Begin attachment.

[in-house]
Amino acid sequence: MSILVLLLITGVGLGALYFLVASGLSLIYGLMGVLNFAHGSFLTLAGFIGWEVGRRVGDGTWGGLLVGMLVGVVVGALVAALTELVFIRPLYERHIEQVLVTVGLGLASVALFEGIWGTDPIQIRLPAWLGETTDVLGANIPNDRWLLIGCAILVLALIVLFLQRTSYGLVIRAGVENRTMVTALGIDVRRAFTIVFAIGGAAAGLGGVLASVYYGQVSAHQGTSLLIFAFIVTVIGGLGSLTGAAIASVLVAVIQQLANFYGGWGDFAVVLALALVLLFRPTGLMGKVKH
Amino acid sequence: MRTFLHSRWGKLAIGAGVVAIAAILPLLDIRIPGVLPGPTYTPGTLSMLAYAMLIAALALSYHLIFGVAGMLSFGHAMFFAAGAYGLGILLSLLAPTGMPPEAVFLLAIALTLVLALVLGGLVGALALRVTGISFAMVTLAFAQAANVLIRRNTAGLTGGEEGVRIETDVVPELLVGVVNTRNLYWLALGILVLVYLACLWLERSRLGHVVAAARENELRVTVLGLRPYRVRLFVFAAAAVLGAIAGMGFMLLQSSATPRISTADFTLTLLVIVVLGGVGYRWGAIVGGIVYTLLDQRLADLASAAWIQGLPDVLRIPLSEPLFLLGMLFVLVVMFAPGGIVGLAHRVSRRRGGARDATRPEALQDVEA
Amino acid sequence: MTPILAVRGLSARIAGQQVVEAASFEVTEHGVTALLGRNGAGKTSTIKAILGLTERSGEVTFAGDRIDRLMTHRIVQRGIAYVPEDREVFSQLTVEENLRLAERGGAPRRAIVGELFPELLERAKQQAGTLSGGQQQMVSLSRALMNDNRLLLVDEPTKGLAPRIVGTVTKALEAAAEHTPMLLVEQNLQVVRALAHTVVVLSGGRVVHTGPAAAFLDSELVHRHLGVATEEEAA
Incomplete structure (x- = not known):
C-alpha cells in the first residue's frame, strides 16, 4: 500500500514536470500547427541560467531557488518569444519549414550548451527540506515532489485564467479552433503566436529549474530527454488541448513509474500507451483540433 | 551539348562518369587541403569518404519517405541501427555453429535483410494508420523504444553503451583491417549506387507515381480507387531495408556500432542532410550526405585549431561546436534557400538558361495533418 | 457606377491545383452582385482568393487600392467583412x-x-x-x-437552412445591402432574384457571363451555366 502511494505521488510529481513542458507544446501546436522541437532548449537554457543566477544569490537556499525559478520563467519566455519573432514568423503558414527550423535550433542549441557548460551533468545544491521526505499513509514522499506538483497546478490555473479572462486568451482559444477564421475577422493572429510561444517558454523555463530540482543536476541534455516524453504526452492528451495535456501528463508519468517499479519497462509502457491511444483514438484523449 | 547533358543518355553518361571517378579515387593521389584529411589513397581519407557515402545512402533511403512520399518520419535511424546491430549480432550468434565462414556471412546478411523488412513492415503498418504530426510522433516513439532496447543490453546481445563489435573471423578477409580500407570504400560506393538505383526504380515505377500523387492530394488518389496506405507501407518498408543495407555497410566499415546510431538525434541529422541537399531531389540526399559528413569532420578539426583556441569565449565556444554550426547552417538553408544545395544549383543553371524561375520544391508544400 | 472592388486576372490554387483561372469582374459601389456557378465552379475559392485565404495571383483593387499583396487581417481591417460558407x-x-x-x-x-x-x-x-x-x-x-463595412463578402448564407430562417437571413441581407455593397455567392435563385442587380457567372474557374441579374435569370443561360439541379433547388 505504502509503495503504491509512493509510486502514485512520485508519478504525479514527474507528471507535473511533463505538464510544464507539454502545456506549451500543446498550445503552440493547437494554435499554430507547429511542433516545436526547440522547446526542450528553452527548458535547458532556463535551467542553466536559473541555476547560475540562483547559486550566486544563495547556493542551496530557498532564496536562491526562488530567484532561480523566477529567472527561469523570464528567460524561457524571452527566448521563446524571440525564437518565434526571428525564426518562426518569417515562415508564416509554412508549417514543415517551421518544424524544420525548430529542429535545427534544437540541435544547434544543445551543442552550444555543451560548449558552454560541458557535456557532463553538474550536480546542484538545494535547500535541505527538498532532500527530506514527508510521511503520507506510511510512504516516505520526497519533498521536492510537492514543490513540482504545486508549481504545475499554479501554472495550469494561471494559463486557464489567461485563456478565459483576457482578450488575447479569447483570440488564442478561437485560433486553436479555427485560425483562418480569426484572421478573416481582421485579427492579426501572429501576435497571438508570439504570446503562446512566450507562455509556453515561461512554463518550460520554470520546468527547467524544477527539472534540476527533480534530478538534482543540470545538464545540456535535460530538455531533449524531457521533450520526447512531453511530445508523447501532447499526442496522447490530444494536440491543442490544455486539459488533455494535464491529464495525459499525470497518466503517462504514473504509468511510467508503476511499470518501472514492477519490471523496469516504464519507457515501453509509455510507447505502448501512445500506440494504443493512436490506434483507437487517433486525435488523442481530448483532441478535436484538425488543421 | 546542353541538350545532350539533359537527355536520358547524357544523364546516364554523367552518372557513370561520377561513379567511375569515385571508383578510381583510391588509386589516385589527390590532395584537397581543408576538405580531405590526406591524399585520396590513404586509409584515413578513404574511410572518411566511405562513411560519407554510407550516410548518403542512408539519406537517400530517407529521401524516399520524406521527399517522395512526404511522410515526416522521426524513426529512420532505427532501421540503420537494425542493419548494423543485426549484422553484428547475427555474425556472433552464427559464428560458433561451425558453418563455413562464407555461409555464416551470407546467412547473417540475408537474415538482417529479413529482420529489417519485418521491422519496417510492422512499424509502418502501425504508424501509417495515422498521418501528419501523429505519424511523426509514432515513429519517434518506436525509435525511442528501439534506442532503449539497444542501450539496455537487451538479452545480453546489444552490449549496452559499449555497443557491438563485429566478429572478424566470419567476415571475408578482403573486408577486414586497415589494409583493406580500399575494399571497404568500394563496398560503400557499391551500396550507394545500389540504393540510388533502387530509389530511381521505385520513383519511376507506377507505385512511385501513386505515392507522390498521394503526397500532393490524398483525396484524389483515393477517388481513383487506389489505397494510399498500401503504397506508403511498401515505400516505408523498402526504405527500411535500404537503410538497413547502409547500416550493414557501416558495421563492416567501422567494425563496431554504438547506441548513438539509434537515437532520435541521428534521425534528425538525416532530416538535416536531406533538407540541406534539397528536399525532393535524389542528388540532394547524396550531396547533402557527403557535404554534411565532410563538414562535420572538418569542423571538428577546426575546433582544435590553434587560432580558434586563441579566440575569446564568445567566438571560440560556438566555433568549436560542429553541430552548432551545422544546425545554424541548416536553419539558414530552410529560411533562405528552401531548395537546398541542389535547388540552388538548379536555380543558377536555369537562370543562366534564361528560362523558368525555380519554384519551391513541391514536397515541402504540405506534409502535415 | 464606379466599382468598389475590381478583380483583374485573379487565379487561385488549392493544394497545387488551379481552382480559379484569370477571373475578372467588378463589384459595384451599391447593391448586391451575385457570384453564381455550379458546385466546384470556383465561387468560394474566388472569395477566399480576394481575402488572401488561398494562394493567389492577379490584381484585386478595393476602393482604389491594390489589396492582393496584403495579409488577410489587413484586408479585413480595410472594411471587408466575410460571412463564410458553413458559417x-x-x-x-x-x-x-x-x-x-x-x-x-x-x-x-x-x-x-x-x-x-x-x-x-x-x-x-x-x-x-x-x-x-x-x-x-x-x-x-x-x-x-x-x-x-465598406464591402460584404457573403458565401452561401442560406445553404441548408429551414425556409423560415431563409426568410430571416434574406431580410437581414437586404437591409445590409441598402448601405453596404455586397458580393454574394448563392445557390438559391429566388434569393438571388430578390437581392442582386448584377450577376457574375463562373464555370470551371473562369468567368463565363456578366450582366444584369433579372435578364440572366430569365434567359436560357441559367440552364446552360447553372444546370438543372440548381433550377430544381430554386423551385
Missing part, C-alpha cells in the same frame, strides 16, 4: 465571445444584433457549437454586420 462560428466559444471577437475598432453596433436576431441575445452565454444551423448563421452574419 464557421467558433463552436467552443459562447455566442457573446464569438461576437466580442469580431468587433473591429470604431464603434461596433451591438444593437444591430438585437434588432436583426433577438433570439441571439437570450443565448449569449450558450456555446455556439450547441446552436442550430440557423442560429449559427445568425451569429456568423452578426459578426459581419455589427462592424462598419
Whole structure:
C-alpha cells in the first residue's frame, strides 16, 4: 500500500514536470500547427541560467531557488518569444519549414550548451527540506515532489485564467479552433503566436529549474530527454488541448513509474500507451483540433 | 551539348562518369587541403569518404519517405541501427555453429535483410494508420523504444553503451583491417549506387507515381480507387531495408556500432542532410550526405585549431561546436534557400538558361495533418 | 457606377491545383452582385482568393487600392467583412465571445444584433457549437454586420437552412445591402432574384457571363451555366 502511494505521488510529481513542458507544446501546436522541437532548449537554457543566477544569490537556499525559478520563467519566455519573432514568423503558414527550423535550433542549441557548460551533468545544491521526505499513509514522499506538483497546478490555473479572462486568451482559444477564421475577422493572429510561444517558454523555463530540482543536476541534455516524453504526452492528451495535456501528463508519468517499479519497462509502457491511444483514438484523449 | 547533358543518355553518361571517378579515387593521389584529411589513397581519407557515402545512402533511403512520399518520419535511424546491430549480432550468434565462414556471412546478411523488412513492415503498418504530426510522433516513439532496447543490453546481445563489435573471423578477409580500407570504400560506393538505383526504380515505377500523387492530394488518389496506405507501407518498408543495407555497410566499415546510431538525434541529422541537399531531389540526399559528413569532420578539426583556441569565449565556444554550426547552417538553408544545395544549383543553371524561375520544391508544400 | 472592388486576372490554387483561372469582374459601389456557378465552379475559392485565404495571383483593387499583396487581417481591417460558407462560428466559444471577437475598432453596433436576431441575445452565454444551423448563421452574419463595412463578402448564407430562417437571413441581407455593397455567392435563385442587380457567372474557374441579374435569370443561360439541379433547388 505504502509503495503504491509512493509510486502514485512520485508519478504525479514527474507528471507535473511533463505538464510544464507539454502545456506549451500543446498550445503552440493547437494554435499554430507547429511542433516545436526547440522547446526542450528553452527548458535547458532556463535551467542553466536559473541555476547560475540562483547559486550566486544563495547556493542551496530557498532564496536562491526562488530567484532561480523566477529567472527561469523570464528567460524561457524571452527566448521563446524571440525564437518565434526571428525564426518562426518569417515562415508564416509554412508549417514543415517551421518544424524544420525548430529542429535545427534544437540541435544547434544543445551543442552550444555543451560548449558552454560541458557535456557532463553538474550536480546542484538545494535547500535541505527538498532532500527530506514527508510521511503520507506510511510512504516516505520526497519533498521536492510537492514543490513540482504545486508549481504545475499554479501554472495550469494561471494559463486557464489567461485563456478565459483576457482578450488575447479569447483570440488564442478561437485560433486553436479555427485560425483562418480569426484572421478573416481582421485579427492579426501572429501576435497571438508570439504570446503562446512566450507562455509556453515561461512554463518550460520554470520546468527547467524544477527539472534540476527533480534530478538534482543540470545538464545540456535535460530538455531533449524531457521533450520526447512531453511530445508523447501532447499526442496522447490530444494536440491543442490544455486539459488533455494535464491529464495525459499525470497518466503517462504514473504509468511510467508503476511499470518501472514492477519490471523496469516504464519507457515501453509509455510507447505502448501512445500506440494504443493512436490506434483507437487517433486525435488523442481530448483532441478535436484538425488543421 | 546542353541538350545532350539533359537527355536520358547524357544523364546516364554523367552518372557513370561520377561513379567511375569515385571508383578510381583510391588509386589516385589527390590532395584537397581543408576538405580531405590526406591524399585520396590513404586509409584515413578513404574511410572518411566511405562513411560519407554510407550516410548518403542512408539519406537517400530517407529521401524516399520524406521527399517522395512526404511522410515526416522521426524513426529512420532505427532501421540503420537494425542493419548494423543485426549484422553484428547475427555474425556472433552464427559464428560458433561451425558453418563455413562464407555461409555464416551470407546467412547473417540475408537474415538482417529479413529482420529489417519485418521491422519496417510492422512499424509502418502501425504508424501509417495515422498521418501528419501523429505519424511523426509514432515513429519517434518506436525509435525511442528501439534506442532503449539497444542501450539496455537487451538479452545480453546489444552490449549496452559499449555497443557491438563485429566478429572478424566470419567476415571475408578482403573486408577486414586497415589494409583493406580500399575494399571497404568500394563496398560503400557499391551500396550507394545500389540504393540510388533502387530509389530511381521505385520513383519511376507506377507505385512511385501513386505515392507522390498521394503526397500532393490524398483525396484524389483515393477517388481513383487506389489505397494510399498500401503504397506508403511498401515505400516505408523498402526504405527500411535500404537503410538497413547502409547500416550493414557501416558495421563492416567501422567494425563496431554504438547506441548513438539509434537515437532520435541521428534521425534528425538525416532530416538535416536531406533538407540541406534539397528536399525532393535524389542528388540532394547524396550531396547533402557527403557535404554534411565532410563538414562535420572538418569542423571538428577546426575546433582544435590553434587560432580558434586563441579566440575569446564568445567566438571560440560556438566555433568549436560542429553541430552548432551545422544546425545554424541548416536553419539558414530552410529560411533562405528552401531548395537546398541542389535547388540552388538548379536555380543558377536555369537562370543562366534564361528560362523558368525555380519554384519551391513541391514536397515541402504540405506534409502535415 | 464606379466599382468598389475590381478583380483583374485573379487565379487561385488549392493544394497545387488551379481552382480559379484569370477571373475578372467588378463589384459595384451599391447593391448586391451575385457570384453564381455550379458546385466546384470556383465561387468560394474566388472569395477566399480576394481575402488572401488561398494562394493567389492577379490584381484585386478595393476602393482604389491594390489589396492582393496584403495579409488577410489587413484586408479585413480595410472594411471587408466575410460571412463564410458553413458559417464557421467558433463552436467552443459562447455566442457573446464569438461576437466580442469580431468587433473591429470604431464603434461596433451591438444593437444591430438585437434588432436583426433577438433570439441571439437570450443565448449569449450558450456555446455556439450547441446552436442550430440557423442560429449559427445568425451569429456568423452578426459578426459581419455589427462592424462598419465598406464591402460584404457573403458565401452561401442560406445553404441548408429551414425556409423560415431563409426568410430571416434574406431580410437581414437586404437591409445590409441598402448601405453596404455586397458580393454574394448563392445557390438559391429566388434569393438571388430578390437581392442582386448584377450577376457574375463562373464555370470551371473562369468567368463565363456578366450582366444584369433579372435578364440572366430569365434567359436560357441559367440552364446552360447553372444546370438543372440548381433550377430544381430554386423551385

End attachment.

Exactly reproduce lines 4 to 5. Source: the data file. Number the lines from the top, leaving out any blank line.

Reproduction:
Amino acid sequence: MTPILAVRGLSARIAGQQVVEAASFEVTEHGVTALLGRNGAGKTSTIKAILGLTERSGEVTFAGDRIDRLMTHRIVQRGIAYVPEDREVFSQLTVEENLRLAERGGAPRRAIVGELFPELLERAKQQAGTLSGGQQQMVSLSRALMNDNRLLLVDEPTKGLAPRIVGTVTKALEAAAEHTPMLLVEQNLQVVRALAHTVVVLSGGRVVHTGPAAAFLDSELVHRHLGVATEEEAA
Incomplete structure (x- = not known):